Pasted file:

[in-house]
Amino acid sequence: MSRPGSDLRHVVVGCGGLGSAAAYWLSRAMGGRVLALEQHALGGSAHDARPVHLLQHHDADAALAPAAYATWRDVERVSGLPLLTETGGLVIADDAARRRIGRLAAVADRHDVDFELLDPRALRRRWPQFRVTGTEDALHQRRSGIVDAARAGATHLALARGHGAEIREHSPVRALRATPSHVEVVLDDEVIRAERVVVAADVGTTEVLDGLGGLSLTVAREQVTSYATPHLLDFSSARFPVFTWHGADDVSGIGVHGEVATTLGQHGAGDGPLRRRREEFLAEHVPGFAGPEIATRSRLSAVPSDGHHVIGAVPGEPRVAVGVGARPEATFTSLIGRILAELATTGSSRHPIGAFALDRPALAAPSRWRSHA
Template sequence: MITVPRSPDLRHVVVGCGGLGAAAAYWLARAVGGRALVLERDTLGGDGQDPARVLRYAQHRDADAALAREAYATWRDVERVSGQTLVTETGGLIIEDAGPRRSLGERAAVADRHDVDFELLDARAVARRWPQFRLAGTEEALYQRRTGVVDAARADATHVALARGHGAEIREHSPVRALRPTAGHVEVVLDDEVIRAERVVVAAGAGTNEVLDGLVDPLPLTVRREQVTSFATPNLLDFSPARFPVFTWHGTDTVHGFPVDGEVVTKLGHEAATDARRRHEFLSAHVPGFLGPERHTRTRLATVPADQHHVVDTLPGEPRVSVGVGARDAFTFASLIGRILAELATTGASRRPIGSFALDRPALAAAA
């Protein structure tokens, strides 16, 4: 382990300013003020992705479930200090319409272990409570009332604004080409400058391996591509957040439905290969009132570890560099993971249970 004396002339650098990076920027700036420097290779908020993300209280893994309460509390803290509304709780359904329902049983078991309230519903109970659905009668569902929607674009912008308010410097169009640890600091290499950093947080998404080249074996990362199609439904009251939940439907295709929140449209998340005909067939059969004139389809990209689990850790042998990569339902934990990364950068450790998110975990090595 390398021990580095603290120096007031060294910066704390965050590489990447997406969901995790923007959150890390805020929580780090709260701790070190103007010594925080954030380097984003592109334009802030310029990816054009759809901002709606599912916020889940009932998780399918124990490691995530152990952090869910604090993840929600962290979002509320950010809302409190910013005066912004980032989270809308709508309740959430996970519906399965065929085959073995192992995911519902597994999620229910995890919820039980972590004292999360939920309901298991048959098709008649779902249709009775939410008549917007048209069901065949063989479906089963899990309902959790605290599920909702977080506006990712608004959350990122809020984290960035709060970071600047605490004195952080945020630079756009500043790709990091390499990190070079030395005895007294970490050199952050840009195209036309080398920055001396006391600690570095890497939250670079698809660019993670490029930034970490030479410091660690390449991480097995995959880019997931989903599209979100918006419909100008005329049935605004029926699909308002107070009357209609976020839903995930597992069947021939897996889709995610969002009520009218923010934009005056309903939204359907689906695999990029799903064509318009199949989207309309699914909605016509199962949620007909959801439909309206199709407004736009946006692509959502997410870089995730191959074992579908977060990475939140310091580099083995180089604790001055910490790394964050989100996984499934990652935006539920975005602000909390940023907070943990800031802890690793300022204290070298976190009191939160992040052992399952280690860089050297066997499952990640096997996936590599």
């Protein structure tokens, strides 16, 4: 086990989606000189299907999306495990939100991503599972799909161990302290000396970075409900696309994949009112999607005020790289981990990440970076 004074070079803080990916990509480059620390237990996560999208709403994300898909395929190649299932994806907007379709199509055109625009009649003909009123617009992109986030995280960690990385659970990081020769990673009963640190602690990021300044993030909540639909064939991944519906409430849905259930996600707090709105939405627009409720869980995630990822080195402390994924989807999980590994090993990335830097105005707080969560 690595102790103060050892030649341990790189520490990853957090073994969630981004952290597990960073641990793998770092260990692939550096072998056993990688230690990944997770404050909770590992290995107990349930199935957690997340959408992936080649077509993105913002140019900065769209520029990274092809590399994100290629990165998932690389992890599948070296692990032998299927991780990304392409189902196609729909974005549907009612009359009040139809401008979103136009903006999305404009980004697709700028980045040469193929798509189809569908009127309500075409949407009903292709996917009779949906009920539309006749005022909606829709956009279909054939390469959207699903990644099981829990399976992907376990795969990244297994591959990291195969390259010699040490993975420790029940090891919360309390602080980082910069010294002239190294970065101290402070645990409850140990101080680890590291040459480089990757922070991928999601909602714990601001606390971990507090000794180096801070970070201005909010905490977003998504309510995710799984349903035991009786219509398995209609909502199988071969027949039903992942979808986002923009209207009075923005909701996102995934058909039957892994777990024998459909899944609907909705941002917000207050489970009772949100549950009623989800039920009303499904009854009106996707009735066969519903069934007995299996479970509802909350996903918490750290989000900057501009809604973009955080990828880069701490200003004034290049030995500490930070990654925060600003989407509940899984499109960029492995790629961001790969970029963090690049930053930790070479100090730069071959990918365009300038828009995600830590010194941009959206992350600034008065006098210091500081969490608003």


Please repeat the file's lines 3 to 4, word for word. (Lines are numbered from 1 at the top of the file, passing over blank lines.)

Template sequence: MITVPRSPDLRHVVVGCGGLGAAAAYWLARAVGGRALVLERDTLGGDGQDPARVLRYAQHRDADAALAREAYATWRDVERVSGQTLVTETGGLIIEDAGPRRSLGERAAVADRHDVDFELLDARAVARRWPQFRLAGTEEALYQRRTGVVDAARADATHVALARGHGAEIREHSPVRALRPTAGHVEVVLDDEVIRAERVVVAAGAGTNEVLDGLVDPLPLTVRREQVTSFATPNLLDFSPARFPVFTWHGTDTVHGFPVDGEVVTKLGHEAATDARRRHEFLSAHVPGFLGPERHTRTRLATVPADQHHVVDTLPGEPRVSVGVGARDAFTFASLIGRILAELATTGASRRPIGSFALDRPALAAAA
């Protein structure tokens, strides 16, 4: 382990300013003020992705479930200090319409272990409570009332604004080409400058391996591509957040439905290969009132570890560099993971249970 004396002339650098990076920027700036420097290779908020993300209280893994309460509390803290509304709780359904329902049983078991309230519903109970659905009668569902929607674009912008308010410097169009640890600091290499950093947080998404080249074996990362199609439904009251939940439907295709929140449209998340005909067939059969004139389809990209689990850790042998990569339902934990990364950068450790998110975990090595 390398021990580095603290120096007031060294910066704390965050590489990447997406969901995790923007959150890390805020929580780090709260701790070190103007010594925080954030380097984003592109334009802030310029990816054009759809901002709606599912916020889940009932998780399918124990490691995530152990952090869910604090993840929600962290979002509320950010809302409190910013005066912004980032989270809308709508309740959430996970519906399965065929085959073995192992995911519902597994999620229910995890919820039980972590004292999360939920309901298991048959098709008649779902249709009775939410008549917007048209069901065949063989479906089963899990309902959790605290599920909702977080506006990712608004959350990122809020984290960035709060970071600047605490004195952080945020630079756009500043790709990091390499990190070079030395005895007294970490050199952050840009195209036309080398920055001396006391600690570095890497939250670079698809660019993670490029930034970490030479410091660690390449991480097995995959880019997931989903599209979100918006419909100008005329049935605004029926699909308002107070009357209609976020839903995930597992069947021939897996889709995610969002009520009218923010934009005056309903939204359907689906695999990029799903064509318009199949989207309309699914909605016509199962949620007909959801439909309206199709407004736009946006692509959502997410870089995730191959074992579908977060990475939140310091580099083995180089604790001055910490790394964050989100996984499934990652935006539920975005602000909390940023907070943990800031802890690793300022204290070298976190009191939160992040052992399952280690860089050297066997499952990640096997996936590599």